Finally, they’ll recommend that neuromodulation devices not be used by children unless a physician explicitly recommends such use. There are too many unknowns regarding its effects on the developing brain, Giordano says.[shortcode ieee-pullquote quote="Making claims about a commercial device for home use, based on scientific studies that used research-grade tDCS equipment under carefully controlled conditions, is like saying, "A Maserati can go 200 miles per hour. The Maserati is a car, and I also make a car, and therefore my car goes 200 miles per hour."" float="left" expand=1]
Setting such regulations won’t stop people from doing whatever they want with devices. But then it becomes a matter of “buyer beware,” says Giordano. “We’ll tell you how to use something properly, and if you chose to deviate from that, that’s your choice,” he says. “Sears can sell a chain saw with perfectly good intentions that it only be used to cut wood, but some idiot is going to juggle it.”
The group that met on Sunday included representatives of a few companies that either sell a tDCS product now or intend to launch one soon. The speakers made the case that all manufacturers should get on board with these proposed regulations, because setting clear rules for their products’ use can protect them from lawsuits. But such widespread buy-in may be wishful thinking.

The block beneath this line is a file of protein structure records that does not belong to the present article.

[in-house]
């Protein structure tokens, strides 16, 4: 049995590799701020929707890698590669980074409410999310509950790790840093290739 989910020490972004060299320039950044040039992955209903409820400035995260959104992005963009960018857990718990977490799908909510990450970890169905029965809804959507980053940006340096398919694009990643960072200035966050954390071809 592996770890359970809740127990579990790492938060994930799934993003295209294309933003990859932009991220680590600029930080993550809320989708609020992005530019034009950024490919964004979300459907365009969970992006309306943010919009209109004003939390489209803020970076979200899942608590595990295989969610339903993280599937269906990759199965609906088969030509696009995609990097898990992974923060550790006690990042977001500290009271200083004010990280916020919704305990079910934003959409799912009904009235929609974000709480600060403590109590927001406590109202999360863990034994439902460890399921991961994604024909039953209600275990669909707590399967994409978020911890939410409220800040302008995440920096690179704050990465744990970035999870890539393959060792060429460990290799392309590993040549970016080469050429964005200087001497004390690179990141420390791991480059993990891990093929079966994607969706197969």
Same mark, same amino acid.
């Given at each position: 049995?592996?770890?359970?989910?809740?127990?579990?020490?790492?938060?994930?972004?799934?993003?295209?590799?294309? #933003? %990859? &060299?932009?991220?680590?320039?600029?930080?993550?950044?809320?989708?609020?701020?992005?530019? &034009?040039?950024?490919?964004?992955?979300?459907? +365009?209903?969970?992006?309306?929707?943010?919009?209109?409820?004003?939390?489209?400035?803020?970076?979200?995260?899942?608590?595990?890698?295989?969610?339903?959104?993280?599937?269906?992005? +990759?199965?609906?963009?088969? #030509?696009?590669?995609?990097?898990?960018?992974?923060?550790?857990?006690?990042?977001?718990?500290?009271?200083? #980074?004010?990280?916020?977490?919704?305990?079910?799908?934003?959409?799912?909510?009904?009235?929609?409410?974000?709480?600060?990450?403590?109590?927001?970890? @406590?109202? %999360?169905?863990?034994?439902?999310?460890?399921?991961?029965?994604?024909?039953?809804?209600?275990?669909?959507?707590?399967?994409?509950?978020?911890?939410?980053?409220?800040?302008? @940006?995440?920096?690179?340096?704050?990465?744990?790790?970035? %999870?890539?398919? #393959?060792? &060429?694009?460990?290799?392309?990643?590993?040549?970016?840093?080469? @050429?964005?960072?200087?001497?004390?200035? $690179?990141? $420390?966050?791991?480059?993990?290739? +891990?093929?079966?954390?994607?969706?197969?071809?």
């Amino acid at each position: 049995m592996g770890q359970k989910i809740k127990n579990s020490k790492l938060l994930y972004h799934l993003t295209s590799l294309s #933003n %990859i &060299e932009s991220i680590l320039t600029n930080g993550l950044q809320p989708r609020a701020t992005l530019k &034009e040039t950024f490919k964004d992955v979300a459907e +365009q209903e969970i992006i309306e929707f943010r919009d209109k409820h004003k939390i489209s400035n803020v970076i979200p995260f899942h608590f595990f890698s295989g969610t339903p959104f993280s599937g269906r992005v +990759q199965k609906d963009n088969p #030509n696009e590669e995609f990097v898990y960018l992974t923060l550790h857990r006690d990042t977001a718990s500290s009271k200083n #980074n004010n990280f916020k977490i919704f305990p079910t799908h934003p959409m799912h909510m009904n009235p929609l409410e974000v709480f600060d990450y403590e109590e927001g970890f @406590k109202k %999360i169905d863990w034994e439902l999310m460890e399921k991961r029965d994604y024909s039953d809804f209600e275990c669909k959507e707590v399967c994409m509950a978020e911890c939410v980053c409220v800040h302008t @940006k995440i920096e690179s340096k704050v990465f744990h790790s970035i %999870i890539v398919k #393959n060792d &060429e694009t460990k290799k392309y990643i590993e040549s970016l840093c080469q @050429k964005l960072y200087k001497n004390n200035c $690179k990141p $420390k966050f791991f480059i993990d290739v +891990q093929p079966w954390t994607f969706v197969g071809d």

Giordano named two of the companies represented on Sunday as exemplars of what the field should aspire to: Halo, whose brain-stimulating gadget for athletes will soon go on sale, and Soterix, which sells tDCS units for medical and research use only. These companies, Giordano said, are doing their own research to back up their claims. “Those two companies are doing it right,” Giordano said. “The implication is that other companies are not doing it as well.”
Some companies claim not only that their devices treat disorders like depression, anxiety, addiction, and chronic pain, they also boast of improving cognition, memory, and social skills. Many DIYers seem most interested in these enhancement possibilities of tDCS.
That experimentation makes scientists nervous. In a recent open letter to DIY users, 43 leading academics pleaded with users to consider that neuroscientists are still trying to answer basic questions about how tDCS works, and that many safety issues remain unresolved. That letter noted that stimulation is not as targeted as many people assume; enhancing one cognitive function may come at the cost of others, and “whatever brain changes occur may be long-lasting—for better or worse.”
Eliza Strickland is a senior editor at IEEE Spectrum, where she covers AI, biomedical engineering, and other topics. She holds a master’s degree in journalism from Columbia University.